Hamilton rider Sheldon Gorter may have felt a little “knackered” at the end of last Sunday’s Karioi Classic bike race around the mountain, but he had good reason — three of them in fact. Riding a mountainbike this time around the 21-year-old retained his King of Karioi title as first male home out of a field of around 200 riders. He completed the gruelling 44km circuit four minutes faster than last year, and he did it all on top of riding from home over the divvy and on out to Raglan as a warmup.
“It’s actually more of a training ride for me,” said Sheldon, who was also planning to bike back into Hamilton as part of preparations for a seven-day road race coming up in the South Island in November.
Cycling’s in the Gorter family blood: Sheldon’s dad was in Sunday’s race too, while he has a brother currently riding professionally for the Subway team in the States.
Second rider home — having dropped half a minute when he lost his chain — was friend and first-time competitor Jonty Taylor, 36, from Ohaupo. Despite the mishap he crossed the finish line at the airport just 2 minutes behind Sheldon. “Curiously enough he (Sheldon) borrowed my bike last year and won,” explained Jonty. “He’s [just] a machine.”
Third home — in 1 hour 35 minutes — was Hamiltonian Oliver Shaw, a young sport and leisure student who was delighted to better his top 10 placing from last year. An “awesome” event, he reckoned as he recovered at the finish, and “well run too”.
But it was the first ever ride round the mountain for the event’s winning female. Albany 21-year-old Raewyn Morrison took out the Queen of Karioi title, making it back to Raglan near the head of the field in an impressive 1 hour 41 minutes. It was definitely “hard yakker”, she said, but worth the effort for the weather, the stunning views and for not knowing exactly what was coming next. Six minutes behind Raewyn was Auckland’s Louise Mark, 34, full of praise for the “awesome course” and scenic splendour en route — and “hell yes”, she reckoned she’d do it all again next year.
About 30 Raglan entrants were among riders from all over the North Island who competed in this year’s event, and it was local GP Mike Loten who claimed bragging rights. He came home in 1 hour 45 minutes, slashing nine minutes from his 2010 result in which he was second local rider to finish. Second local home this time round was David Wright, whose 1 hour 51 minutes slashed a full five minutes from his last year’s time.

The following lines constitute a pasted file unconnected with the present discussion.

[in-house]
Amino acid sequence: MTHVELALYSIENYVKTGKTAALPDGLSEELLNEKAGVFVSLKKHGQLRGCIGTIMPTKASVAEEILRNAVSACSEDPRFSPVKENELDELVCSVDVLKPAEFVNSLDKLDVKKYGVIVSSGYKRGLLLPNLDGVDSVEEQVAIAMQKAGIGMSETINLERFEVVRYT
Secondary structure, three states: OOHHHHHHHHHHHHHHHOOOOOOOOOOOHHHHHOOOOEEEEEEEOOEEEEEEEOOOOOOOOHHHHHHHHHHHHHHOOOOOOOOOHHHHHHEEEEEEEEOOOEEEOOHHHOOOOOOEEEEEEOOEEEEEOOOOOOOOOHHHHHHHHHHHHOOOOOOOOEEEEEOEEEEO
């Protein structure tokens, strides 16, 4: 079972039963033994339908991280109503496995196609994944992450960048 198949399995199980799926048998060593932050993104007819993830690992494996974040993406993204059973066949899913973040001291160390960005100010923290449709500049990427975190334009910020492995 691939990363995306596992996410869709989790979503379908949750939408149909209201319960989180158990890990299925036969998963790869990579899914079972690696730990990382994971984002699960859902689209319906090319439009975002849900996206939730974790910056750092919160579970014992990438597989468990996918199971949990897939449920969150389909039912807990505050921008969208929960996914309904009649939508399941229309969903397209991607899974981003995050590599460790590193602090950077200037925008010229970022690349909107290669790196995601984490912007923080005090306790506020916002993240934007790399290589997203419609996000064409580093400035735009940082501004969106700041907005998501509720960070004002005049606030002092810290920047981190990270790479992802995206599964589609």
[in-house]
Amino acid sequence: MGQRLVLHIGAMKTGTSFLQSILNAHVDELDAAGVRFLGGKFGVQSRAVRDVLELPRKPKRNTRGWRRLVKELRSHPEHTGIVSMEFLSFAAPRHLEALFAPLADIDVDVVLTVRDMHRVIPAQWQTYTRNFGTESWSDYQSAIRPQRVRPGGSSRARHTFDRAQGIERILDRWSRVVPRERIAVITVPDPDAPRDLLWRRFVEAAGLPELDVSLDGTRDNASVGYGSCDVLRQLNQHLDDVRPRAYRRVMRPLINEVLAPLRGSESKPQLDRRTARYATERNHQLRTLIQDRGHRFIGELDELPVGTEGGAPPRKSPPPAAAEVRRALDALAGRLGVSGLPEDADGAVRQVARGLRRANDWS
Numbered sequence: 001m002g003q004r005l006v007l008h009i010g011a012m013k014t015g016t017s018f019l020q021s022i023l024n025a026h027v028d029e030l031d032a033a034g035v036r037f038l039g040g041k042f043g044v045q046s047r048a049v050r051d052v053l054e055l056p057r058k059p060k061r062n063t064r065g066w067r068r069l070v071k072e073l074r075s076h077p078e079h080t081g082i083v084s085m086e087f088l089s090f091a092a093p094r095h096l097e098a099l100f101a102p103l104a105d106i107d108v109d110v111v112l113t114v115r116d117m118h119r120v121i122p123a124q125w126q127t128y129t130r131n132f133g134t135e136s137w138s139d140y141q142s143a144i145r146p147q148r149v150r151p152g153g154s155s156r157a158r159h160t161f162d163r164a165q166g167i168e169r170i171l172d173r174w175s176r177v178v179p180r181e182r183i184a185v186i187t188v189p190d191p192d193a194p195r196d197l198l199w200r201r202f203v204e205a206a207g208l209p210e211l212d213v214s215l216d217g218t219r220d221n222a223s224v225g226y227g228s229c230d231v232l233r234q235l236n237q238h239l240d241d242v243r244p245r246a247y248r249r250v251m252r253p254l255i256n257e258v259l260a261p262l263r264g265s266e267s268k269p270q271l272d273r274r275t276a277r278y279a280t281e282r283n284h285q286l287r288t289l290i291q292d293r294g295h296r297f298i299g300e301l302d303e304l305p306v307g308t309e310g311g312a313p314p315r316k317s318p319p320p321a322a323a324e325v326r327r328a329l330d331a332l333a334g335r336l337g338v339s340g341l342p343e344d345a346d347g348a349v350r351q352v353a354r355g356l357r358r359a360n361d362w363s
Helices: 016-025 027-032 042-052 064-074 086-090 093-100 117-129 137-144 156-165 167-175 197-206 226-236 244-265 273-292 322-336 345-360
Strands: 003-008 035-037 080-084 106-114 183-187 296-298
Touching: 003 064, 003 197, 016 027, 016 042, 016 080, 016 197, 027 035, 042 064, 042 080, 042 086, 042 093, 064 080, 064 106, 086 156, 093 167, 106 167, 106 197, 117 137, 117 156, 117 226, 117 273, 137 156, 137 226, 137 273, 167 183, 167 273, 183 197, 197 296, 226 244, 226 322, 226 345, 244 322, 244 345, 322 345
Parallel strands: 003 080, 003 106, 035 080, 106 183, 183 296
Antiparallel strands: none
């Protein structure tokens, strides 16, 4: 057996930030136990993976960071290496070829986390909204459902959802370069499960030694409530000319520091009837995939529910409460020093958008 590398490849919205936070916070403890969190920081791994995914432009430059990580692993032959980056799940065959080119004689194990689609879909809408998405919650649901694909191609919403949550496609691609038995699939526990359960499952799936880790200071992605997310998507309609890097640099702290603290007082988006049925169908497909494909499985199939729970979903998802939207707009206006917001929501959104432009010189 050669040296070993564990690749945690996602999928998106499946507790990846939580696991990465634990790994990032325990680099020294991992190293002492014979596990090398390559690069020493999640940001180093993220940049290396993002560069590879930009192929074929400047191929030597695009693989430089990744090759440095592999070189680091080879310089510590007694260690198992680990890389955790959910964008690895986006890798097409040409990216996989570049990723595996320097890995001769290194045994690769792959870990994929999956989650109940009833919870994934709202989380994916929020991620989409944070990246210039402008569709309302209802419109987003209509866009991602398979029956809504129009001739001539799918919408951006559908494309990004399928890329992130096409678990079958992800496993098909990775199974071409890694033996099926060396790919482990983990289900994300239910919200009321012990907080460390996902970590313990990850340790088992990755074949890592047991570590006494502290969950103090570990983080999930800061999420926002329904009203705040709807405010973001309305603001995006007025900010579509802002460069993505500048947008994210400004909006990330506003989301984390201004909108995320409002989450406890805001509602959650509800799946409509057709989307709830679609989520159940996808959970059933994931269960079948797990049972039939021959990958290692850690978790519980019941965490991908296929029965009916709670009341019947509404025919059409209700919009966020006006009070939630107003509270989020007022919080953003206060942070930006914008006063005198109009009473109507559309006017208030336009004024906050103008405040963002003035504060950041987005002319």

Meanwhile Dr Mike’s wife Joan had a great debut ride, having won a bike in an earlier Chronicle competition which gave her little option but to enter the race.
Joan did a “sensational” time for a first ride of 2hrs 26 minutes, said co-organiser Lisa Thomson, who was happy both to see the event attract new converts and lots of returning riders smashing their times. Several local couples tackled the course, she said, as did three local under-16s — Eddie Young (2:15), Amy Munns (2:49) and Braden Shilton (2:53) who, at just 13 years of age, was the youngest competitor.
Chris Meek was the only Raglan competitor this year in a field of 10 who contested the all-male single speed category, and he was over-the-moon to “smash my time by 10 minutes” for a 2hr 38min finish on his typically unsophisticated bike. Ash Hough, 21, from Albany — partner of new Queen of Karioi Raewyn Morrison — won the single speed race in 1:36, and with it a boutique weekend for two in an Ohakune chalet courtesy of holiday let company Bachcare. King and Queen titleholders were awarded locally-made trophies and $100 cash each.
Two tandem bike teams from Auckland added to the fun, while pink fairy wings and hot pink tinsel hair beneath bike helmets were spotted on a couple of female competitors at the 10am race start from the fire station. New to this year’s event was a trophy in true Tour de France tradition for the ‘lanterne rouge’ or last rider home, which went to Mike Dobson with a time of 3hrs 50mins. Even so, he was still nearly 25 minutes faster than last year’s slowest rider.
Event co-organisers Dirk De Ruysscher of Bike 2 Bay and Lisa Thomson reckon they struck it lucky with the weather again for the mid-winter event which is deliberately timed to bring the punters to town during Raglan’s offseason. It’s their seventh event in three years through Raglan Events and Multisport Trust and the focus now, they say, is to grow it bigger and better with the same “fantastic” team of behind-the-scenes volunteers who help make it such a success. Lisa reckons “everyone’s positive” about the event which, she admits, is not a “big player” in the world of multisport but which celebrates our physical environment, its people and community spirit.
Most Raglan businesses contributed to a generous array of division and spot prizes for the day while Hamilton businesses — Trek n’ Travel and Shoe Clinic — also contributed more than $1000 each to boost the prize-giving pool. And Waikato District Council generously funded $1200 towards event costs.